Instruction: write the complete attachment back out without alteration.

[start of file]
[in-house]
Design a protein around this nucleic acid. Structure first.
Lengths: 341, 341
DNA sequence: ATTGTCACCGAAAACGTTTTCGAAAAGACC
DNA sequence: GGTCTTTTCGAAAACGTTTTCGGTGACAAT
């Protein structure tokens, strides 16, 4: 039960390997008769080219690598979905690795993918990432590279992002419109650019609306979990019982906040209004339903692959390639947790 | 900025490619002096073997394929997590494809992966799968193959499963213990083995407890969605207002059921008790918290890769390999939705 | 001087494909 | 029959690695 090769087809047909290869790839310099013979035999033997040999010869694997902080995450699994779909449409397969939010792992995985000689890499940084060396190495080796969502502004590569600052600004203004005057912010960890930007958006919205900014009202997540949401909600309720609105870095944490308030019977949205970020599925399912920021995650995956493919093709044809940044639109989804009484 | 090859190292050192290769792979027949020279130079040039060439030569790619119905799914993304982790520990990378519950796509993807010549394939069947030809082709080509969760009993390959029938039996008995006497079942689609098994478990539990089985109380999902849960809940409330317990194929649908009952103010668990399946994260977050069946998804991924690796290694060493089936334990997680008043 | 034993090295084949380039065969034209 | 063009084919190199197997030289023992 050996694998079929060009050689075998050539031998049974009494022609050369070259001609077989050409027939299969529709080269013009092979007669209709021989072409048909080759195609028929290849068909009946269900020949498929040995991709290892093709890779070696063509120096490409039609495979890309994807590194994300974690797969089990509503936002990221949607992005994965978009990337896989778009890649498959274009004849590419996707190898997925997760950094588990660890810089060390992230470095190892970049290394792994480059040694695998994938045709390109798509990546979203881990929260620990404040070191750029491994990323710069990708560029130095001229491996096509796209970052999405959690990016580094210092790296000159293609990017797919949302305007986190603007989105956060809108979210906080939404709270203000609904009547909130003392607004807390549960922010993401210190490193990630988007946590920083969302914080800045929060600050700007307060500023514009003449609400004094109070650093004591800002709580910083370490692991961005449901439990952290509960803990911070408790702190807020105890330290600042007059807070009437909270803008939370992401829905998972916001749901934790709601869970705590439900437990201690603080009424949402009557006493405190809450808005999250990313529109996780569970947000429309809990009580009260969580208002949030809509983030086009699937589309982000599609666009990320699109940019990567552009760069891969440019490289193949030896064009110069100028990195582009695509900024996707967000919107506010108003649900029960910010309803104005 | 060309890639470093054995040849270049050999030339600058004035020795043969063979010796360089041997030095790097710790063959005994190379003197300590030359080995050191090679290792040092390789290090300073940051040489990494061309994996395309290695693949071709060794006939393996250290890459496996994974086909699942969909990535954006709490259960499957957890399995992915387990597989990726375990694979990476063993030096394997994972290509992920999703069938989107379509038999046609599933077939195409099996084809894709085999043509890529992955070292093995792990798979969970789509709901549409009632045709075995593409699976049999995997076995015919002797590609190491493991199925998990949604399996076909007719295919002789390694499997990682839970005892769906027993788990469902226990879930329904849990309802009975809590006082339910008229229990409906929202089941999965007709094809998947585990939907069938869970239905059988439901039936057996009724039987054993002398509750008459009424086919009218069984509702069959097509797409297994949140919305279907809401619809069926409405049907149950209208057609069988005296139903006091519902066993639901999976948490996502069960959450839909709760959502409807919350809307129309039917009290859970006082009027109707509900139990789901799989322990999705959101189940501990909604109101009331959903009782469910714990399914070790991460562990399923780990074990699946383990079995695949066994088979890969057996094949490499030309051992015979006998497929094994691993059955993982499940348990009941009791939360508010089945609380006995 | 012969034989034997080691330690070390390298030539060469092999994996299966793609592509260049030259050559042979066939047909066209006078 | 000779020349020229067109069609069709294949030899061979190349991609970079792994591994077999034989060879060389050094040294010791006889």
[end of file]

[in-house]
Design a protein around this nucleic acid. Structure first.
Lengths: 341, 341
DNA sequence: ATTGTCACCGAAAACGTTTTCGAAAAGACC
DNA sequence: GGTCTTTTCGAAAACGTTTTCGGTGACAAT
């Protein structure tokens, strides 16, 4: 039960390997008769080219690598979905690795993918990432590279992002419109650019609306979990019982906040209004339903692959390639947790 | 900025490619002096073997394929997590494809992966799968193959499963213990083995407890969605207002059921008790918290890769390999939705 | 001087494909 | 029959690695 090769087809047909290869790839310099013979035999033997040999010869694997902080995450699994779909449409397969939010792992995985000689890499940084060396190495080796969502502004590569600052600004203004005057912010960890930007958006919205900014009202997540949401909600309720609105870095944490308030019977949205970020599925399912920021995650995956493919093709044809940044639109989804009484 | 090859190292050192290769792979027949020279130079040039060439030569790619119905799914993304982790520990990378519950796509993807010549394939069947030809082709080509969760009993390959029938039996008995006497079942689609098994478990539990089985109380999902849960809940409330317990194929649908009952103010668990399946994260977050069946998804991924690796290694060493089936334990997680008043 | 034993090295084949380039065969034209 | 063009084919190199197997030289023992 050996694998079929060009050689075998050539031998049974009494022609050369070259001609077989050409027939299969529709080269013009092979007669209709021989072409048909080759195609028929290849068909009946269900020949498929040995991709290892093709890779070696063509120096490409039609495979890309994807590194994300974690797969089990509503936002990221949607992005994965978009990337896989778009890649498959274009004849590419996707190898997925997760950094588990660890810089060390992230470095190892970049290394792994480059040694695998994938045709390109798509990546979203881990929260620990404040070191750029491994990323710069990708560029130095001229491996096509796209970052999405959690990016580094210092790296000159293609990017797919949302305007986190603007989105956060809108979210906080939404709270203000609904009547909130003392607004807390549960922010993401210190490193990630988007946590920083969302914080800045929060600050700007307060500023514009003449609400004094109070650093004591800002709580910083370490692991961005449901439990952290509960803990911070408790702190807020105890330290600042007059807070009437909270803008939370992401829905998972916001749901934790709601869970705590439900437990201690603080009424949402009557006493405190809450808005999250990313529109996780569970947000429309809990009580009260969580208002949030809509983030086009699937589309982000599609666009990320699109940019990567552009760069891969440019490289193949030896064009110069100028990195582009695509900024996707967000919107506010108003649900029960910010309803104005 | 060309890639470093054995040849270049050999030339600058004035020795043969063979010796360089041997030095790097710790063959005994190379003197300590030359080995050191090679290792040092390789290090300073940051040489990494061309994996395309290695693949071709060794006939393996250290890459496996994974086909699942969909990535954006709490259960499957957890399995992915387990597989990726375990694979990476063993030096394997994972290509992920999703069938989107379509038999046609599933077939195409099996084809894709085999043509890529992955070292093995792990798979969970789509709901549409009632045709075995593409699976049999995997076995015919002797590609190491493991199925998990949604399996076909007719295919002789390694499997990682839970005892769906027993788990469902226990879930329904849990309802009975809590006082339910008229229990409906929202089941999965007709094809998947585990939907069938869970239905059988439901039936057996009724039987054993002398509750008459009424086919009218069984509702069959097509797409297994949140919305279907809401619809069926409405049907149950209208057609069988005296139903006091519902066993639901999976948490996502069960959450839909709760959502409807919350809307129309039917009290859970006082009027109707509900139990789901799989322990999705959101189940501990909604109101009331959903009782469910714990399914070790991460562990399923780990074990699946383990079995695949066994088979890969057996094949490499030309051992015979006998497929094994691993059955993982499940348990009941009791939360508010089945609380006995 | 012969034989034997080691330690070390390298030539060469092999994996299966793609592509260049030259050559042979066939047909066209006078 | 000779020349020229067109069609069709294949030899061979190349991609970079792994591994077999034989060879060389050094040294010791006889």